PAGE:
Some people think it's eccentric that I use the road by the airport runway whenever I drive between town and my home Upcountry.
They're probably right that it adds a minute or two to the trip. But even when running late, it's worth it. Two lanes are always better than four. And snaking through a cane field beats the creeping urban sensation you get approaching Kahului on Hana Highway.
Best of all are the planes.
The far end the runway is like an infinity pool, catapulting the shiny aircraft toward the curved ocean horizon, which sometimes at this time of year is sharp as a knife edge.
At the near end of the runway, you're directly under the flight path. Those lucky occasions when a plane roars directly over your roof, landing gear down, wing lights blinking, are like scoring points or making a goal. For regular drivers of the road, that's our version of a touchdown. Then the landing continues outside your side window as you and the plane hurdle forward, side by side.
Frequent flyers long ago outgrew this sort of excitement. But for infrequent flyers - some of us, anyway - just being this close to a plane is all it takes to feel like a kid.
From this end of the runway, the airport is like a watering hole for exotic avian life, and you are the photographer for National Geographic. The shiny tails held high are not unlike aluminum peacock feathers, emblazoned with such hopeful concepts as American, United or Hawaiian.
Airplanes are pure potential, adventures about to happen, full of promise, even when just sitting at the terminal, waiting to load.
Unless you're a bird, flying is still an unnatural act. Despite all the technology involved, it still seems like a form of magic.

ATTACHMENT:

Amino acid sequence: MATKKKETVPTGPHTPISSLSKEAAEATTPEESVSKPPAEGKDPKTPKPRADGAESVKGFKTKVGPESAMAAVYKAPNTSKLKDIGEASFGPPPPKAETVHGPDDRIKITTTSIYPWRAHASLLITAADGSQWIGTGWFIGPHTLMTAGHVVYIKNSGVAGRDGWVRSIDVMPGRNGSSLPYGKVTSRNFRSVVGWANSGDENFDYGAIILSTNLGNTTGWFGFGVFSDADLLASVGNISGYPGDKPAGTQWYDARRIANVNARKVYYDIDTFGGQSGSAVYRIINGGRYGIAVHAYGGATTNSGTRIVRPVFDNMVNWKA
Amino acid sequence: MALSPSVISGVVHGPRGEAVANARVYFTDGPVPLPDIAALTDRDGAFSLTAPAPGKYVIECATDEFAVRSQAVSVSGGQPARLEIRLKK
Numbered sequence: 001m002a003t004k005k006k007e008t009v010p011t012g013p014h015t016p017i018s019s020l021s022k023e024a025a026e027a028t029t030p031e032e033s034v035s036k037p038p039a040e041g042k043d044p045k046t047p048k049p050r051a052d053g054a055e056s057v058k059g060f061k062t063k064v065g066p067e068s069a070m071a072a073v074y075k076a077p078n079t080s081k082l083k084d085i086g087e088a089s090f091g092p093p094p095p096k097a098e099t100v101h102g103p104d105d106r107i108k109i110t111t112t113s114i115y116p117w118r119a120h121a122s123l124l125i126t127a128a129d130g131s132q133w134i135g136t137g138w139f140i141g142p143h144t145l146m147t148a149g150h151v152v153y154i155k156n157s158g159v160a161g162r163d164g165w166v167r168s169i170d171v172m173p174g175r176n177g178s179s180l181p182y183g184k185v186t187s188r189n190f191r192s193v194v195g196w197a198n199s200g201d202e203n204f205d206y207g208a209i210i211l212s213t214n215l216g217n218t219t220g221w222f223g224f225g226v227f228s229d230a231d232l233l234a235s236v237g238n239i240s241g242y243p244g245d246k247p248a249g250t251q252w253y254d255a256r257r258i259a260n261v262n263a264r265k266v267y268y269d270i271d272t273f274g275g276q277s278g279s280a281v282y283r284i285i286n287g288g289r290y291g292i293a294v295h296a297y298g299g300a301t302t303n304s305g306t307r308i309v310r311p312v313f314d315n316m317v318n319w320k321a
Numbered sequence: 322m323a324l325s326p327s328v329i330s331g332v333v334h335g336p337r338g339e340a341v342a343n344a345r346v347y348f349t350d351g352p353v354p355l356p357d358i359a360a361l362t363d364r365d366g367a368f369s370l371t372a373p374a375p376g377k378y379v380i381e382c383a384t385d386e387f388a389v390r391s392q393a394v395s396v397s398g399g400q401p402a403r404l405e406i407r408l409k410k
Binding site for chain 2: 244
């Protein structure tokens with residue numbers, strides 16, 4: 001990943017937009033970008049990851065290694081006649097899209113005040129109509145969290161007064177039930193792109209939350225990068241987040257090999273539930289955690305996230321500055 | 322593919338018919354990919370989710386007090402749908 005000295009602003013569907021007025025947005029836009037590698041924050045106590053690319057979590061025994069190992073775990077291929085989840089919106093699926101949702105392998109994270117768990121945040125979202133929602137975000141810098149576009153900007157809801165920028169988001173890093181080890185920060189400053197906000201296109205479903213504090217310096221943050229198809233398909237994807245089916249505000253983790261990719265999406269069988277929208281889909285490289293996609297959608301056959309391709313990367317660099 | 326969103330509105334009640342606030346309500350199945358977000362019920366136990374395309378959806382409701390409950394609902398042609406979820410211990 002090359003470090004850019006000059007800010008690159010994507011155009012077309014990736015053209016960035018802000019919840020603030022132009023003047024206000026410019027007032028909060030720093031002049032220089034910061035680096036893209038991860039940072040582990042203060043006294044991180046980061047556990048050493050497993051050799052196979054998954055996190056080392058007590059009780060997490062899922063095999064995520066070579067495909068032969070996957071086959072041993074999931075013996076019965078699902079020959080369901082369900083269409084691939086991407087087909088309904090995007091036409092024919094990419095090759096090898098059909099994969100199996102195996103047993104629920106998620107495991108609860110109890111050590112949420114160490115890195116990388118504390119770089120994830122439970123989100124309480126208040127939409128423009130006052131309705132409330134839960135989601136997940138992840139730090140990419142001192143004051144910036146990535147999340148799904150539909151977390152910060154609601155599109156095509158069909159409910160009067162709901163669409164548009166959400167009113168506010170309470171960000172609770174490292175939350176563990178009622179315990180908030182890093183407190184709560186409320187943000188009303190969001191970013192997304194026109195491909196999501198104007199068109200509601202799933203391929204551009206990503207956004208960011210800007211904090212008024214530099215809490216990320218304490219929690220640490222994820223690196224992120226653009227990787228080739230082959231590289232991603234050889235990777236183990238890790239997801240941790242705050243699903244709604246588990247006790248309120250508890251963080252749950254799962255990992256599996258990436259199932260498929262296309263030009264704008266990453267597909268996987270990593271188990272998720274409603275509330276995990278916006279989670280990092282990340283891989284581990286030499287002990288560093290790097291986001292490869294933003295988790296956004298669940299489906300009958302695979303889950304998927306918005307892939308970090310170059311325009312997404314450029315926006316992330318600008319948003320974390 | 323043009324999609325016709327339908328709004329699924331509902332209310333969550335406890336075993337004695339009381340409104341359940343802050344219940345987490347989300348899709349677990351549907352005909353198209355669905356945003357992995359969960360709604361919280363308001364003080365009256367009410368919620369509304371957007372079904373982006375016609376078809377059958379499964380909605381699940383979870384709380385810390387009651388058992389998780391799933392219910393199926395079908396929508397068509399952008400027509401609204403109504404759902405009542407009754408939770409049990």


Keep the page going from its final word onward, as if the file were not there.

For some, the childish wonder never leaves. Capt. Chesley "Sully" Sullenberger opens his new best-seller, "Highest Duty," not with his miraculous landing of US Airways Flight 1549 in the Hudson River early this year, but with a recollection of a young boy in Texas, falling in love with airplanes and knowing he had to fly.
Something similar happens in "Amelia."
As a young girl in Kansas, Amelia Earhart's first sight of a biplane produced the identical feeling. By the next scene in director Mira Nair's biopic of the legendary flyer, she's doing figure-eights in the sky.
The problem is, it didn't exactly happen that way. Amelia may have been born in Kansas, but she didn't start flying lessons until her dysfunctional family had moved to California years later.
I know this because I Googled it. Seeing this movie does that to you. Hilary Swank does look - and talk and walk - the part of the iconic pioneering pilot perfectly, and Richard Gere does add a curious romantic dimension to the story as her publicist/ showman - and old-enough-to-be-her-father husband - George Putnam.
But the more this glossy, staid, old-fashioned movie shows, the more it leaves you wondering about everything it's leaving out.
Virginia Madsen, for openers. Two years ago, when she was honored at the Maui Film Festival at Wailea, the intriguing actress was in the midst of filming "Amelia." But she's nowhere to be found in the final cut, or the credits. She's certainly not the first Oscar nominee to be left on a cutting-room floor, but her absence isn't the only thing missing here.
"Amelia" flashes back from Earhart's attempt to fly around the globe in 1937, which, the audience knows, will end in her disappearance with navigator Fred Noonan near Howland Island in the South Pacific.
While the final minutes of the flight provide the most dramatic moments in the film, the mystery of her disappearance pales in comparison to the mystery the film leaves unanswered: Who was this woman?
The portrayal never fleshes out the person behind the legend. Despite a brief affair with another flying pioneer (Ewan McGregor), she seems devoid of anything resembling passion or personality. Charm and poise, yes - but little else.
While her looks and demeanor were tailor-made for her opportunistic husband to mold into an assortment of products the new field of public relations, Nair's direction and Ron Bass' script leave the audience wondering if Swank missed something or if there was no one there to play.
For all the reverence "Amelia" showers on its subject, it can't match the zest Amy Adams brought to a totally fictional Amelia Earhart in the otherwise lame "Night at the Museum" sequel recently.
Now there was someone worth making a movie about.
* Contact Rick Chatenever at firstname.lastname@example.org.